Reason 3/5 Why Making the Atlanta Public School Teachers Felons Won’t Make a Difference:

The Tests Dumb down the System in General

Go back to the pretest vs. post test notion of evaluating teachers. If a child can ace a pretest, why should he take the class? Great question. But historically all tests with great intentions, after a while, are revised to become easier and easier as ”too many” children fail them. Even the SAT in the last years has become easier by degrees. First the College Board rid themselves of the dreaded analogies. More recently they took out the tough vocabulary. Instead of words like Alacrity and Beneficent. . .we now test words like flush and wholesome. So year after year test writers are asked to figure out where the failure point is. Often illiterate is the cut off point. On high school writing exams, the kid who fails truly cannot write an intelligible sentence. ANYthing above that can pass. So earning a passing score, and even a high score is then not a sign of excellence.

Thus, as we ease failing points in order to include more kids in the passing range, as we adjust the test to be more passable, we are also lowering our standards. The tests I used to design for my own students 15 years ago were ten times harder and more demanding than the standardized tests teachers must give today as final exams. AND GUESS WHAT? My kids used to do really well on them. The kids earning an A today, think they are on par with kids earning A’s years ago, and they aren’t. Even worse, Teachers today spend more time “teaching to the test” for tests that measure irrelevant, low level skills.  Teaching to the test might be fine if the test were valuable.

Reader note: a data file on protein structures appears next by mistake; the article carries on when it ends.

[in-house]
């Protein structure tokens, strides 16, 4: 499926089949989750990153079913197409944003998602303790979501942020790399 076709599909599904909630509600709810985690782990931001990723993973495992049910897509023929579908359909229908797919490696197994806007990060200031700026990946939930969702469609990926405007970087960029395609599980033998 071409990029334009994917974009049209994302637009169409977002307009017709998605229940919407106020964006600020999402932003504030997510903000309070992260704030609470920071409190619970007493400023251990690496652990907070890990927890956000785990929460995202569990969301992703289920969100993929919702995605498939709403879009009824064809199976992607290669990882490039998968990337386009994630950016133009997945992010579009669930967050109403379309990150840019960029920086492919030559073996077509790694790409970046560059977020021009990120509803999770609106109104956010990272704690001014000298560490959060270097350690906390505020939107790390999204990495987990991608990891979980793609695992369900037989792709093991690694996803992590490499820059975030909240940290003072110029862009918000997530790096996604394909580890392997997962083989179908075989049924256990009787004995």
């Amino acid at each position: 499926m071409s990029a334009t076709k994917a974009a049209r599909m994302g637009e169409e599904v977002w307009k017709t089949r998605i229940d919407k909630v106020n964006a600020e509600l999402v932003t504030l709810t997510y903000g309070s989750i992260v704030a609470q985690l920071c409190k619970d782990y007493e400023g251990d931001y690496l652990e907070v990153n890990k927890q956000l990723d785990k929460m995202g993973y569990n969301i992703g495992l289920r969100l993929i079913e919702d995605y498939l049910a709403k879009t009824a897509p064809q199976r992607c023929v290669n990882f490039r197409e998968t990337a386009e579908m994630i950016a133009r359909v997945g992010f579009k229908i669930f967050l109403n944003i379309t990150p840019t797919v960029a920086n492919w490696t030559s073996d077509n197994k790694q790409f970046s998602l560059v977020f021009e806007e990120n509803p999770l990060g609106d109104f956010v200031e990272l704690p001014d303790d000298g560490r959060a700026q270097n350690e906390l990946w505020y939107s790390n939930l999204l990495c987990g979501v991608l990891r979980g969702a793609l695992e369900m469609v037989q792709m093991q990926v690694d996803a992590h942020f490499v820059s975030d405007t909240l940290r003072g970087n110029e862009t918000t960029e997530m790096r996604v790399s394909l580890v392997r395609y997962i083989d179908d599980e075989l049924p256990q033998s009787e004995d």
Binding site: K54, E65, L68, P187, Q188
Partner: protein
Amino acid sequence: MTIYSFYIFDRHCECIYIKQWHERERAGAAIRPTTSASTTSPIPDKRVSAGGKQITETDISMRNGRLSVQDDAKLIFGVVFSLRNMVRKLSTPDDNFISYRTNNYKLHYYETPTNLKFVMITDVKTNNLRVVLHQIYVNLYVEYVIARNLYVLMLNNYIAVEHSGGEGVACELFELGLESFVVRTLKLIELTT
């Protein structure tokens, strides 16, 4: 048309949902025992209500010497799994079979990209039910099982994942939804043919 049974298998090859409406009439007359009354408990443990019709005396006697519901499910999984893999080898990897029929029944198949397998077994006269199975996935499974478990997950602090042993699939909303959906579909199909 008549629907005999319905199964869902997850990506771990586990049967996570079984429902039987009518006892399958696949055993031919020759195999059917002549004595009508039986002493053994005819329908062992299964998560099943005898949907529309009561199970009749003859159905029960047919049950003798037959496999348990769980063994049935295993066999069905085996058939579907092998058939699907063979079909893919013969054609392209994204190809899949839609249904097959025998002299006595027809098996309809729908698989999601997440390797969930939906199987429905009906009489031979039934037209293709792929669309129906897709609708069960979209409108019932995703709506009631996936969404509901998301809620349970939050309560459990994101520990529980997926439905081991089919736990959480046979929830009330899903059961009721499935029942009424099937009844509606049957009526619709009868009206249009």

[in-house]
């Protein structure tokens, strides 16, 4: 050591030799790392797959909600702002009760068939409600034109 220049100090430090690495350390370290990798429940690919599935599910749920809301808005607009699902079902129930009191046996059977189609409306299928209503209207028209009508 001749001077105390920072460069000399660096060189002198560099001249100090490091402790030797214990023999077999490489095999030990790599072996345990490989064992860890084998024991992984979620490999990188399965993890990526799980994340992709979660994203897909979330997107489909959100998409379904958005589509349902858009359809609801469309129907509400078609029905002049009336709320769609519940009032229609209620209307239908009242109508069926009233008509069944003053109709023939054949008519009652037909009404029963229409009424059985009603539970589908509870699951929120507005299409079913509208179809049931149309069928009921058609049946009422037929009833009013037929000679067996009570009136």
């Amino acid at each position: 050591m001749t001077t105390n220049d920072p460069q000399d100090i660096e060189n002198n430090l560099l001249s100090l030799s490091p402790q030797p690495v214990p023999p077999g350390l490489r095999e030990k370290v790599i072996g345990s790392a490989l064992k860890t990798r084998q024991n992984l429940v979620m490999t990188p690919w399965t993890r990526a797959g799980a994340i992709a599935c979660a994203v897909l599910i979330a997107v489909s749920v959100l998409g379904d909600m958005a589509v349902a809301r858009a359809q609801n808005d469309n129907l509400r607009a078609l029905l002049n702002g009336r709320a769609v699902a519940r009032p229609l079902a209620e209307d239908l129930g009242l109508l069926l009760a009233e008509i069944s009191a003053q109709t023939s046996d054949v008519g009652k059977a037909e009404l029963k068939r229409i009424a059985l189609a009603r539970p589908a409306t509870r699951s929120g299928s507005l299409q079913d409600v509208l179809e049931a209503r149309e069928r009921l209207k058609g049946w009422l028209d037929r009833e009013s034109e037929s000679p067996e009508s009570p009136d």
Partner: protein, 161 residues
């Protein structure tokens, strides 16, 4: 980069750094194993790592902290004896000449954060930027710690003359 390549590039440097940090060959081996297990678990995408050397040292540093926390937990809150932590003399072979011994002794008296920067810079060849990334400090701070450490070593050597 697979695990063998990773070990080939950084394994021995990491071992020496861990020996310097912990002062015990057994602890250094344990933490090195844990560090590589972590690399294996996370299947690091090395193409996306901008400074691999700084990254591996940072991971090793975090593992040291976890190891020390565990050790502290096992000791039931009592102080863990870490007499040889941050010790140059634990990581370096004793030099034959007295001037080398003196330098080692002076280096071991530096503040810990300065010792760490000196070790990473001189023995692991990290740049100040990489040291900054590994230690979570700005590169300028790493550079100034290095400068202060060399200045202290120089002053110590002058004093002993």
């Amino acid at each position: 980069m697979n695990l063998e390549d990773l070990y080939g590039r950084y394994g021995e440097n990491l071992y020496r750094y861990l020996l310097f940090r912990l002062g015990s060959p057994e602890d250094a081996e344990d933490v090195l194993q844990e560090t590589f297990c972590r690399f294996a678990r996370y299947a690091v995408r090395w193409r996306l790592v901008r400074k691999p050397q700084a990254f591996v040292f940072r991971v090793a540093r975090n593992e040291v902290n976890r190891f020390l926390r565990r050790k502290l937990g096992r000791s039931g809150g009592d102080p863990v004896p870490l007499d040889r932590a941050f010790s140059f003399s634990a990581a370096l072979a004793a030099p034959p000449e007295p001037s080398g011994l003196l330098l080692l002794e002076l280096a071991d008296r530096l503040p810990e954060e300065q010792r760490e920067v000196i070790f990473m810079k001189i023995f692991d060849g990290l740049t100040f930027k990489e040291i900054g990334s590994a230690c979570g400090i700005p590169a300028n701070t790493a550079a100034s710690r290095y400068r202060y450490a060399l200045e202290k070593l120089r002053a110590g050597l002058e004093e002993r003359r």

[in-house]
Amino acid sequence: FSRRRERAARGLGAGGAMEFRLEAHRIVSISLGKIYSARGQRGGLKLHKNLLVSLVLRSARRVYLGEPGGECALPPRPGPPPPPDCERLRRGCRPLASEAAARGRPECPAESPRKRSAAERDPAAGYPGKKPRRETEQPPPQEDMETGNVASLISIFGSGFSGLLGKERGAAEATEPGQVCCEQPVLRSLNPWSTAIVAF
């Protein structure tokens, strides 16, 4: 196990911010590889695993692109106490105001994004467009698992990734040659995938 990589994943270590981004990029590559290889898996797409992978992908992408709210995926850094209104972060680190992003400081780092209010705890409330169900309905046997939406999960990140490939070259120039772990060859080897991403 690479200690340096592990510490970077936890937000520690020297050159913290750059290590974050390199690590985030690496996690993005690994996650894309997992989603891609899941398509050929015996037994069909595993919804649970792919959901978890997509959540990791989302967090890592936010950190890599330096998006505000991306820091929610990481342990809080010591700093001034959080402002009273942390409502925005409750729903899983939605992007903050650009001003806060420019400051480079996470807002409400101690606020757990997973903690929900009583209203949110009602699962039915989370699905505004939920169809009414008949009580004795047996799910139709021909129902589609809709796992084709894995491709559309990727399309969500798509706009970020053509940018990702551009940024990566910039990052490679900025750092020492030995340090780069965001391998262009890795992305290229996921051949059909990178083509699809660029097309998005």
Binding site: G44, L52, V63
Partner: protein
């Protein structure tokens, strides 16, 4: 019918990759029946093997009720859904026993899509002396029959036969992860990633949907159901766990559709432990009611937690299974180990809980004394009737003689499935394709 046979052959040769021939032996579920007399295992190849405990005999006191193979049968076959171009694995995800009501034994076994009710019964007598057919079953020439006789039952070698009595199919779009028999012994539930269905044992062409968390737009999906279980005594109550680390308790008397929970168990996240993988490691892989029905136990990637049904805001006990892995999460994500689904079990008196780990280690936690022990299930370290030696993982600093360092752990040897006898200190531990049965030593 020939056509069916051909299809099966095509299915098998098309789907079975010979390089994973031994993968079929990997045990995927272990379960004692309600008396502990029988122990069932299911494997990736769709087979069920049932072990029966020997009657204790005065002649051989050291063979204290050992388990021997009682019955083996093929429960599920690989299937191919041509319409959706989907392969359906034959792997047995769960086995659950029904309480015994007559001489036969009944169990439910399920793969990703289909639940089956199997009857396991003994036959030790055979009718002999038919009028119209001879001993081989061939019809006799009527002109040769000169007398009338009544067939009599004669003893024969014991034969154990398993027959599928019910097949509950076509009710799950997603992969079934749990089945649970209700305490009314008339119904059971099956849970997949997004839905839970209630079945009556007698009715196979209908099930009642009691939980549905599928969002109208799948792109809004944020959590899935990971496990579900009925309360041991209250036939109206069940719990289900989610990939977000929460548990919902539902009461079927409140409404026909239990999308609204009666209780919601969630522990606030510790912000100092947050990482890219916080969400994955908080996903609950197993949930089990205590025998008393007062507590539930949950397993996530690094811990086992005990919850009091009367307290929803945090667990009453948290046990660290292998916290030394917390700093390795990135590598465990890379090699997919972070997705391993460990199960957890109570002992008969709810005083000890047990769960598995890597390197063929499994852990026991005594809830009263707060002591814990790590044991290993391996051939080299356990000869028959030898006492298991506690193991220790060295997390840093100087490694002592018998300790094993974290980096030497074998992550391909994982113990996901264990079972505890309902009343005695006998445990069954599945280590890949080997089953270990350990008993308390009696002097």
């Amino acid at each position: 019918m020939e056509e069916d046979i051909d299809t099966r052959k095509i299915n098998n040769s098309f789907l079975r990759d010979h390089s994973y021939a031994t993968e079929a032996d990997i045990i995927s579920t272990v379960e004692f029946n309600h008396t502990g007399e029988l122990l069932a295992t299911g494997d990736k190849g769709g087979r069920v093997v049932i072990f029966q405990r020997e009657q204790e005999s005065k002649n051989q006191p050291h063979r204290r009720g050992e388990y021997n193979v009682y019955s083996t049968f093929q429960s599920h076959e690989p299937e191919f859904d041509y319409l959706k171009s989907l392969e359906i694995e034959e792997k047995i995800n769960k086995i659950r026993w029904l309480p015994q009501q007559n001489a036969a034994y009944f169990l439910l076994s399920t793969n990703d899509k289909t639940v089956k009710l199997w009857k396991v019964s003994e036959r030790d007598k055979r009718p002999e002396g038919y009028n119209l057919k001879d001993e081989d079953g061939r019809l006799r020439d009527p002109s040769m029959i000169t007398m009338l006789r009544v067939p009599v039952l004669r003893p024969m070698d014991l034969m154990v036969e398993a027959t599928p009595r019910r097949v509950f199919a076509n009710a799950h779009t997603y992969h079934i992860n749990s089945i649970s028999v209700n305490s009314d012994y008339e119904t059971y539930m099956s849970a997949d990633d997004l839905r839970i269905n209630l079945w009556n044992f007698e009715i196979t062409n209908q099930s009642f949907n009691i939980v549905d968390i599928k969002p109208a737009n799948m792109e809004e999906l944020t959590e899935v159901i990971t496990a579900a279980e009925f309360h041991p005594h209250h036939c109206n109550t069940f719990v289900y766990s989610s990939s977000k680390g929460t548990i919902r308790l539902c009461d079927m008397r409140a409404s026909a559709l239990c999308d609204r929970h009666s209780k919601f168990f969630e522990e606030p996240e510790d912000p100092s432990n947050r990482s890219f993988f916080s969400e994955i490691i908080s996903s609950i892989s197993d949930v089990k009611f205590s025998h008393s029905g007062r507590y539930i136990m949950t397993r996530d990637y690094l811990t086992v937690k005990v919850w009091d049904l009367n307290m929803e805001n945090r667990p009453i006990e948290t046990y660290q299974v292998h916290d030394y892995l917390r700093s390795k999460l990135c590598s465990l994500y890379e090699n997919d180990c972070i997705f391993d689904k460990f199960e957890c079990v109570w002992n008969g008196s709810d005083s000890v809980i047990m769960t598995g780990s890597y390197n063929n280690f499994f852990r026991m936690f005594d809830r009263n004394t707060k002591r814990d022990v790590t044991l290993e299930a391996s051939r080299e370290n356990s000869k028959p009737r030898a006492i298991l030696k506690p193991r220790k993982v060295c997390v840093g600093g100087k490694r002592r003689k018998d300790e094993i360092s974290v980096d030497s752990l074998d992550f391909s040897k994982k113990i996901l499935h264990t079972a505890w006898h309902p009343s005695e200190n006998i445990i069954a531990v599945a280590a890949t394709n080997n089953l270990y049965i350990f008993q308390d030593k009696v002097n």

Yes, you can argue that if a kid is failing this, then we really need to target teachers and education. But I respond that as kids recognize the irrelevance of an “all-defining” test, they are less inspired, less motivated to learn. We’ve created a nasty cycle.

PLUS, more parents are pushing to allow their kids who earn an A or even a B on a pretest to skip the class completely. School Boards like that idea; it could save tons of money.

I understand that. But can a 100 question multiple choice test with invalid questions that have been designed to get the most kids through the test really be the same as practicing essay writing and reading challenging text all year?   Do we really want a generation of kids coming out of high school this way? And if your argument is that this is fine with you, why in the world are you worried about the standards that testing is supposed to support? Why in the world do you care if APS cheated?